Q: Which kinds/versions of SSH daemons are supported?
A: It doesn’t matter which kind or version of SSH daemon you are using. The only thing you have to care of, is that you have to log SSHd traffic via syslog and your syslog is capable to use pipes (i.e. it can redirect the output to some script). Another thing is the format of your logs, if you aren’t using latest version of OpenSSH you will probably need to change regexps used in script.
Q: BruteForceBlocker is running, but IPs aren’t being blocked.
A: This is probably because of incorrect formats of regexps used in script. I have reports from users that OpenSSH v3.8 (which is default in FreeBSD 5.4) and less, uses little bit different format of warnings. You should check your logs for the format and according to that format change the Regexps. By this way, you can also use this script not only with OpenSSH, but it’s possible to use it for example with SSH Secure Shell; it’s only up to you what you consider to be harmful message.
Q: How does the timeout work?
A: There are two types of timeout to consider. One thing is how long does the bruteforceblocker keep the internal count of failed login attempts in its memory. This affects the timeout setting in the bruteforceblocker.conf configuration file. This setting should be set to the amount of seconfs, after which you want to reset this count internally.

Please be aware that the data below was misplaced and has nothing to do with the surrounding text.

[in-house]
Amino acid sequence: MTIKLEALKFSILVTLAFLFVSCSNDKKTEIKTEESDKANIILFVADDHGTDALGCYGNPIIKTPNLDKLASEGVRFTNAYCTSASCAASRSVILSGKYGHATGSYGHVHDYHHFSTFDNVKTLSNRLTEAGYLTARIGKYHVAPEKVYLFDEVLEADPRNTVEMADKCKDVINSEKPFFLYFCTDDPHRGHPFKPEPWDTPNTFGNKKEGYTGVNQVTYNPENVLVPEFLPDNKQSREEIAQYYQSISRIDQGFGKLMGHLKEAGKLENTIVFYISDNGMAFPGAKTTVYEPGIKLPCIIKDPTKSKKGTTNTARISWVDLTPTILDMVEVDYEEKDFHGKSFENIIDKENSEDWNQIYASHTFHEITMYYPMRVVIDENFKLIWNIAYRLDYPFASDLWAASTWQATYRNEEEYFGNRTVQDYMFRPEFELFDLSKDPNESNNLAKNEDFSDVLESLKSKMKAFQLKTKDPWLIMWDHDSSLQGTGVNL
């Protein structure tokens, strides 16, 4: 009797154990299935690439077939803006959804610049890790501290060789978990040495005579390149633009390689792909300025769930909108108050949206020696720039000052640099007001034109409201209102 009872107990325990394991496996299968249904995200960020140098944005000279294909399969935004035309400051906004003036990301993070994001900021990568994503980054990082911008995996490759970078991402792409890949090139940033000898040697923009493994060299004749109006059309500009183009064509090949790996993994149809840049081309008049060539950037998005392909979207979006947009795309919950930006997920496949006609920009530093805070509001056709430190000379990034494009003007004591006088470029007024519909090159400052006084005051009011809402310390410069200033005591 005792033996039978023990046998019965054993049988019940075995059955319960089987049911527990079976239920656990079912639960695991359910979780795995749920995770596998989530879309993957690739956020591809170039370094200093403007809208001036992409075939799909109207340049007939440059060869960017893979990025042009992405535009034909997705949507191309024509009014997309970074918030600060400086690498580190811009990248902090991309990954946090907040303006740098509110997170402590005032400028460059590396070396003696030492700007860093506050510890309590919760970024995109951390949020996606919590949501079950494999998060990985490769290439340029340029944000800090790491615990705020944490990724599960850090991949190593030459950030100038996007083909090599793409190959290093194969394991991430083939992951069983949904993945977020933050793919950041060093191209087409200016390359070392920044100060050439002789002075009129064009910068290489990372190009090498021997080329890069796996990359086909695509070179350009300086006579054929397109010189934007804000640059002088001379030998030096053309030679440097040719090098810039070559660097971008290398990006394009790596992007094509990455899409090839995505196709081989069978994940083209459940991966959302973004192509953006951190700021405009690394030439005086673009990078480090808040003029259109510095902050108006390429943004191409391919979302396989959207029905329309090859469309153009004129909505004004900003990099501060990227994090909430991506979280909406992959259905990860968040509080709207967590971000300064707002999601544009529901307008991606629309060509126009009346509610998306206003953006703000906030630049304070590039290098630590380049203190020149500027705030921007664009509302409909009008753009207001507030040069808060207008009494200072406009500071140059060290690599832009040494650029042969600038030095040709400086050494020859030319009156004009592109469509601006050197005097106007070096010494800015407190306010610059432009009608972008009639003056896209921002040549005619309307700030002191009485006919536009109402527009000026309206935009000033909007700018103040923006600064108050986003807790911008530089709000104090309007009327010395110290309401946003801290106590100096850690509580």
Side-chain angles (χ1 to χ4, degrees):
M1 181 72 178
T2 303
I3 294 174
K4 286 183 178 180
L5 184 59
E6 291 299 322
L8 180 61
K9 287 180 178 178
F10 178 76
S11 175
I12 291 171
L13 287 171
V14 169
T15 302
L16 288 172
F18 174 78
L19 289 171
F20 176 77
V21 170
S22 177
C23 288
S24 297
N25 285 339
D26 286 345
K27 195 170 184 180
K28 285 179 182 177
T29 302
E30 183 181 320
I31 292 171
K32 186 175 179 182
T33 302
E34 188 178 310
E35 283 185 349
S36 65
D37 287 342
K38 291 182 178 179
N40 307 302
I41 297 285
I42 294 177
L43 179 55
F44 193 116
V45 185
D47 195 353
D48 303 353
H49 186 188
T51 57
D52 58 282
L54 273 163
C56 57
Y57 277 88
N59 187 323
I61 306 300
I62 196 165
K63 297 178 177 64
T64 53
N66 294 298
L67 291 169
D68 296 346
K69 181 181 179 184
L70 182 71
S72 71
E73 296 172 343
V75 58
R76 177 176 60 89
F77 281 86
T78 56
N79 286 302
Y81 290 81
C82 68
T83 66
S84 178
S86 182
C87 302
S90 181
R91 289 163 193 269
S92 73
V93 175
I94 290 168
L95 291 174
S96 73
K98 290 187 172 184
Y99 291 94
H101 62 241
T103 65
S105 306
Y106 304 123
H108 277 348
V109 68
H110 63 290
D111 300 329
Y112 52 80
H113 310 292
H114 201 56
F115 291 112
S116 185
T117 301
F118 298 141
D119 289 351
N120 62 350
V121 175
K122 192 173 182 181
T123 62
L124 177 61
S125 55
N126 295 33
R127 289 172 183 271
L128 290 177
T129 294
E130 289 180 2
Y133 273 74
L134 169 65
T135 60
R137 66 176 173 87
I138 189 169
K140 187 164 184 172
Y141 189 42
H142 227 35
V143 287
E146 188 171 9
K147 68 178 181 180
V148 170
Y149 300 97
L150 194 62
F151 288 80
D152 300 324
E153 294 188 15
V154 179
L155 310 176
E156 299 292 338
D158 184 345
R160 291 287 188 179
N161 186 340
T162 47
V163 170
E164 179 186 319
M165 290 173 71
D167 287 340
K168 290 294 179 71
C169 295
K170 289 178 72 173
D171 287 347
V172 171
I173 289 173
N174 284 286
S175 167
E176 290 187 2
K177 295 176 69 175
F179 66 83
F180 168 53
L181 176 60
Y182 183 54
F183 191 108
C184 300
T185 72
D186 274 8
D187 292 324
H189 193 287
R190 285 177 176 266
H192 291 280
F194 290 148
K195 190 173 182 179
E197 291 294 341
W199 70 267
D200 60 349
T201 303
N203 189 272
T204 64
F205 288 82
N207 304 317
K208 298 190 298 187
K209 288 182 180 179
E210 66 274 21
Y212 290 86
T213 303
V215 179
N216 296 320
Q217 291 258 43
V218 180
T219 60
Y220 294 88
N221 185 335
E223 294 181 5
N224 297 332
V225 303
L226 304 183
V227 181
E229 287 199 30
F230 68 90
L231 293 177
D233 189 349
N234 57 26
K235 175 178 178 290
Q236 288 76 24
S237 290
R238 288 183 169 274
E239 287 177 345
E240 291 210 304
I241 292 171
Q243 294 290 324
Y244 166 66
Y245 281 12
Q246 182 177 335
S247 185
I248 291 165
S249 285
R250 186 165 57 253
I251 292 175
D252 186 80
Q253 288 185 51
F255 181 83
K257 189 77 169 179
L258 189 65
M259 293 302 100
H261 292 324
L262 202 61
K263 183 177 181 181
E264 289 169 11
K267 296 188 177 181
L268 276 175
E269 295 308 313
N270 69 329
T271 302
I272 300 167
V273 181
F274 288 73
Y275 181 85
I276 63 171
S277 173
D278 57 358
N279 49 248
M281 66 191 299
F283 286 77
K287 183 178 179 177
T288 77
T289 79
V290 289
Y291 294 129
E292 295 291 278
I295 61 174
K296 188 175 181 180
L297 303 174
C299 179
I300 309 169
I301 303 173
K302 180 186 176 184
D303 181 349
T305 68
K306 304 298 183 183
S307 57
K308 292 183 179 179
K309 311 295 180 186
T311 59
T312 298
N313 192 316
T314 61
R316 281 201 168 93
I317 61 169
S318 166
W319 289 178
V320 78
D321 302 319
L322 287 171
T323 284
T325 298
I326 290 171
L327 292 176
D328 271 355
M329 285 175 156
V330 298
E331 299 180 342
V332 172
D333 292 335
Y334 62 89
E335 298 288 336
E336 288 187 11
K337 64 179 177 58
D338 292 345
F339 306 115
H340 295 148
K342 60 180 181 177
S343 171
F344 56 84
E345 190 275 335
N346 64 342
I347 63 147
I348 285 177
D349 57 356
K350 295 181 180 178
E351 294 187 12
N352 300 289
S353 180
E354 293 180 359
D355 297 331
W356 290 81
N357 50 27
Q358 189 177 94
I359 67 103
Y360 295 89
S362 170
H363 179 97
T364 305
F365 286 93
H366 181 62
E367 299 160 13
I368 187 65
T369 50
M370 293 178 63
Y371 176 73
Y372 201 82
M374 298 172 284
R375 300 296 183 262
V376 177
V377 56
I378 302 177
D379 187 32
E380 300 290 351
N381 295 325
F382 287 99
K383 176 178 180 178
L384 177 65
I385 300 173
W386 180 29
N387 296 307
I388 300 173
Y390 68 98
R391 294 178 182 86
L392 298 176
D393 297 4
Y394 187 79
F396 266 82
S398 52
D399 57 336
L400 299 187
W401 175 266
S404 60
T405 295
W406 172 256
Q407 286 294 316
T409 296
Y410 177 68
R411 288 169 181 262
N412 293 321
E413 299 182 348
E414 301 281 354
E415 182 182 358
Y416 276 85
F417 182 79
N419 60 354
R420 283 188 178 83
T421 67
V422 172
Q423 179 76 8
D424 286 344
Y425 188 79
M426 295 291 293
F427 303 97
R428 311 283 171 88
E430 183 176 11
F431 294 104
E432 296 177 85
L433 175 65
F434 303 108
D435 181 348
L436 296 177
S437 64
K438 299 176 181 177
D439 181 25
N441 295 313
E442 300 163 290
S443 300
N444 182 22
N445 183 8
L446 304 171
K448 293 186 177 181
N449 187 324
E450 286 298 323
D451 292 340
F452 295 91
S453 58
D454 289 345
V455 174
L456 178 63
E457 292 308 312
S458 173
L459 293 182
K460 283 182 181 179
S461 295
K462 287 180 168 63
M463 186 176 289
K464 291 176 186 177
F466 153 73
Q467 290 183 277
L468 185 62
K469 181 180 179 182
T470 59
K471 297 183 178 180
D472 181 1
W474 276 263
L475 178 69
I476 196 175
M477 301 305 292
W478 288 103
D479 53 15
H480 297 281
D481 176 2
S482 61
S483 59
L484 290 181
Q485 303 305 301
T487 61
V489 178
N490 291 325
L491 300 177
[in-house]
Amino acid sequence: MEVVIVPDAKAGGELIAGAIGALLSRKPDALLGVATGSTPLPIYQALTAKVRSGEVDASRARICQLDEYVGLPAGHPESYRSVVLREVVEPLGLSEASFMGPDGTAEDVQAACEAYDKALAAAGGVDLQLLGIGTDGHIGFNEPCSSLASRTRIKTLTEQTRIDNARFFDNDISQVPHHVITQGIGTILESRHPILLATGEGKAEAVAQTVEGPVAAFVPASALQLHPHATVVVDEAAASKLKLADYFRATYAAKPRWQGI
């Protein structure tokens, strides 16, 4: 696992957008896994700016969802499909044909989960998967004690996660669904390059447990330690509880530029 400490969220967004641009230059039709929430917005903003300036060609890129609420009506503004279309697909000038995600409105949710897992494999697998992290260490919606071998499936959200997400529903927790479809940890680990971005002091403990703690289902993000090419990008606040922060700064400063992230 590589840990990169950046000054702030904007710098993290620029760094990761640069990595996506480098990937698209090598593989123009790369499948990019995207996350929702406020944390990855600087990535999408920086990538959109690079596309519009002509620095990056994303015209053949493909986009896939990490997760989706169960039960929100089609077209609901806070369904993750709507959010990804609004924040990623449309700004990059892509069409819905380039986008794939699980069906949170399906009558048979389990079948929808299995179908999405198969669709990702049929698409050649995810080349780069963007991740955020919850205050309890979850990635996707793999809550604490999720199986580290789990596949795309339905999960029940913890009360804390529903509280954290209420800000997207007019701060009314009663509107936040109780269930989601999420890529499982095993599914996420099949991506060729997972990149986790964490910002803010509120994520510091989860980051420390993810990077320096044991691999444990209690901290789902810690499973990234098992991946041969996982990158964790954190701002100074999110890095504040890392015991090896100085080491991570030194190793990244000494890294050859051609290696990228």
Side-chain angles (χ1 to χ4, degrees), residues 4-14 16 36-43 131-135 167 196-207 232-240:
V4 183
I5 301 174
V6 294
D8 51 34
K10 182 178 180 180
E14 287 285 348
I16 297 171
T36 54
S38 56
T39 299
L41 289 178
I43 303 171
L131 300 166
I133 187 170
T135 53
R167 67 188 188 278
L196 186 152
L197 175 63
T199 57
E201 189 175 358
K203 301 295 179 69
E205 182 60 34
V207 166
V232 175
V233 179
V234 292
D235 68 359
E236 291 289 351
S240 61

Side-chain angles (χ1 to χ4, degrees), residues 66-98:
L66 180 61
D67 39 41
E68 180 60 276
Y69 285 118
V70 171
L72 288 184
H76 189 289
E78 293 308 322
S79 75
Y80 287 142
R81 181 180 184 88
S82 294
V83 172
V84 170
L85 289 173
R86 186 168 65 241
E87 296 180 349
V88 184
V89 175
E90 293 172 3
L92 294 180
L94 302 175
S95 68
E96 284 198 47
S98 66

However, when the IP gets blocked by pf, this is beyond the bruteforceblocker. Here comes the second timeout type. To be able to remove an old entries from the pf table, you will need an external utility. I recommend using security/expiretable in conjuction with a proper entry in the crontab. In this case, set up the following:
First, let the blocked IP be stored in memory only, by the following setting in /etc/pf.conf:
table <bruteforce> persist
Next, set up a cronjob entry, which will handle the removal of old IPs from the pf table in /etc/crontable file:
0 4 * * * root /usr/local/sbin/expiretable -t 1d bruteforce
Q: Is it possible to use BruteForceBlocker with Linux and IPTABLES?
A: This is pretty easy task. All you need is to change value of $pfctl variable to contain the path to the IPTABLES binary. Then you need change line:
system(“$pfctl -t $table -T add $IP/32″) == 0 or die “Couldn’t add $IP to firewall”;
to something like:
system(“$iptables -I INPUT -s $IP -j DROP”) == 0 or die “Couldn’t add $IP to firewall”;
You should also remove some unneeded variables like $table and $tablefile or, you should use them to store rules in the iptables script to keep your firewall rules.
Q: I don’t have sshd logs after upgrade from 1.1
A: This is because BruteForceblocker 1.2 and later doesn’t log anymore. This way of logging was obsoleted because people weren’t able to log to remote syslog through BruteForceBlocker. If you don’t have line similar to this:
in syslog.conf, then you should add it there, otherwise you won’t get auth.* messages logged.